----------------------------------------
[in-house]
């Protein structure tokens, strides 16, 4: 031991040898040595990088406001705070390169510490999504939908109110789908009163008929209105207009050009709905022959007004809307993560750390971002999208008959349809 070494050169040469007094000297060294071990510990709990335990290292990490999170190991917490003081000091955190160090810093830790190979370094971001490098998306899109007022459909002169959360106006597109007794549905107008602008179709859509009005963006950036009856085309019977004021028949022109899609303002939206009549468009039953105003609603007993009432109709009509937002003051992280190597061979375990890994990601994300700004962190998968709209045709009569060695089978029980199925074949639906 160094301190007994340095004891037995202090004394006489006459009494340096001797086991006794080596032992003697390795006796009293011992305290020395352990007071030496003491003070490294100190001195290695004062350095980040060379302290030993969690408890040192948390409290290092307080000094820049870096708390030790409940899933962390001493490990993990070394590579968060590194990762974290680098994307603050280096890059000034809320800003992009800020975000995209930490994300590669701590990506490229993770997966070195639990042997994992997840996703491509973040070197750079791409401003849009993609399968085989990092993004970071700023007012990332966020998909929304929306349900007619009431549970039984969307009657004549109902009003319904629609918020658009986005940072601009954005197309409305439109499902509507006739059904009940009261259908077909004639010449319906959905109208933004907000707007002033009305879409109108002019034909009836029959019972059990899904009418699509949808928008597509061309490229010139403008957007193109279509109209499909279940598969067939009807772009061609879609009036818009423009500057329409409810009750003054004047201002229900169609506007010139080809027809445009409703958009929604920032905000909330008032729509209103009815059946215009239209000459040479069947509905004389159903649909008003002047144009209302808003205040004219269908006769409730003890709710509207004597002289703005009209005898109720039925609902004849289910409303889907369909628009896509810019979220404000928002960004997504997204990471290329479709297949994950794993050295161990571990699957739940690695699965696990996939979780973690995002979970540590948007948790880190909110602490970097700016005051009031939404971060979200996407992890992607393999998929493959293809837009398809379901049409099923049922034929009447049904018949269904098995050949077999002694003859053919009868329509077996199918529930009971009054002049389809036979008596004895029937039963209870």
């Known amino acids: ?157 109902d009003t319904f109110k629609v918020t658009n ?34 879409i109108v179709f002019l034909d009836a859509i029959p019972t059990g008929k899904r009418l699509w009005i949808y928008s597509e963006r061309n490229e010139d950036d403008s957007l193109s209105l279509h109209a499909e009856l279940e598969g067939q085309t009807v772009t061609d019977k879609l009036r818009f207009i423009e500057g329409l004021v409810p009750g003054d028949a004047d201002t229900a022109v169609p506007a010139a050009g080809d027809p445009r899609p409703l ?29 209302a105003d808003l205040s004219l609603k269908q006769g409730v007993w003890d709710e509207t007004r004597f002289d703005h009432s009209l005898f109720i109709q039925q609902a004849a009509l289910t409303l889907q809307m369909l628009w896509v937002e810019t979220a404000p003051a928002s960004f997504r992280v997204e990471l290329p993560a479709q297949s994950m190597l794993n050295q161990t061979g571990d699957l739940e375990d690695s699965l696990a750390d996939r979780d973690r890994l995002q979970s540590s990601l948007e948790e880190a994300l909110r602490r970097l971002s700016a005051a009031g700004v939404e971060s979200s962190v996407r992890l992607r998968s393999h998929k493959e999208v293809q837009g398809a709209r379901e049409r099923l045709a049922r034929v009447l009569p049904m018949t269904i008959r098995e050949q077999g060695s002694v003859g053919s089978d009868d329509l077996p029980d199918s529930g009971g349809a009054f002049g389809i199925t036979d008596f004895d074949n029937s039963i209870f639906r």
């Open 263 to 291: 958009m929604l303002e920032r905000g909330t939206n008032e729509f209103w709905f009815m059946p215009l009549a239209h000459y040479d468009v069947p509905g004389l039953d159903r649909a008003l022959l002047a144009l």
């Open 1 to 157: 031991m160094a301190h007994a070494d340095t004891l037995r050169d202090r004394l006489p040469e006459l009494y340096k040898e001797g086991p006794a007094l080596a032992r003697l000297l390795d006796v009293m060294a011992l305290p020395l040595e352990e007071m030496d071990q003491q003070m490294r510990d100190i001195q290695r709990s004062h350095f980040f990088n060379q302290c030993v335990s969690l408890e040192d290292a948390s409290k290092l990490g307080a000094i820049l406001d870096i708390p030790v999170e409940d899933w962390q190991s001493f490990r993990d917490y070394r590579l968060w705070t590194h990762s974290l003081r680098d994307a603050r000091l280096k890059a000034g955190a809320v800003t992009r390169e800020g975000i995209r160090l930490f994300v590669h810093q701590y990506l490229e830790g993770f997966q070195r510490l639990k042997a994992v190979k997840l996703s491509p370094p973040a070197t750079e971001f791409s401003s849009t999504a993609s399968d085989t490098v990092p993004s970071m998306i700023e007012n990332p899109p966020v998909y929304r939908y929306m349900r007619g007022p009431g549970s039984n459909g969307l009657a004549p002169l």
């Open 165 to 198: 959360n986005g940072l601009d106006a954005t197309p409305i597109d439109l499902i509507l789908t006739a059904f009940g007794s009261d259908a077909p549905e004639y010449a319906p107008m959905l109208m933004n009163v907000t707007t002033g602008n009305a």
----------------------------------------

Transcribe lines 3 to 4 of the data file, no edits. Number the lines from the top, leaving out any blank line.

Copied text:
């Known amino acids: ?157 109902d009003t319904f109110k629609v918020t658009n ?34 879409i109108v179709f002019l034909d009836a859509i029959p019972t059990g008929k899904r009418l699509w009005i949808y928008s597509e963006r061309n490229e010139d950036d403008s957007l193109s209105l279509h109209a499909e009856l279940e598969g067939q085309t009807v772009t061609d019977k879609l009036r818009f207009i423009e500057g329409l004021v409810p009750g003054d028949a004047d201002t229900a022109v169609p506007a010139a050009g080809d027809p445009r899609p409703l ?29 209302a105003d808003l205040s004219l609603k269908q006769g409730v007993w003890d709710e509207t007004r004597f002289d703005h009432s009209l005898f109720i109709q039925q609902a004849a009509l289910t409303l889907q809307m369909l628009w896509v937002e810019t979220a404000p003051a928002s960004f997504r992280v997204e990471l290329p993560a479709q297949s994950m190597l794993n050295q161990t061979g571990d699957l739940e375990d690695s699965l696990a750390d996939r979780d973690r890994l995002q979970s540590s990601l948007e948790e880190a994300l909110r602490r970097l971002s700016a005051a009031g700004v939404e971060s979200s962190v996407r992890l992607r998968s393999h998929k493959e999208v293809q837009g398809a709209r379901e049409r099923l045709a049922r034929v009447l009569p049904m018949t269904i008959r098995e050949q077999g060695s002694v003859g053919s089978d009868d329509l077996p029980d199918s529930g009971g349809a009054f002049g389809i199925t036979d008596f004895d074949n029937s039963i209870f639906r």
């Open 263 to 291: 958009m929604l303002e920032r905000g909330t939206n008032e729509f209103w709905f009815m059946p215009l009549a239209h000459y040479d468009v069947p509905g004389l039953d159903r649909a008003l022959l002047a144009l």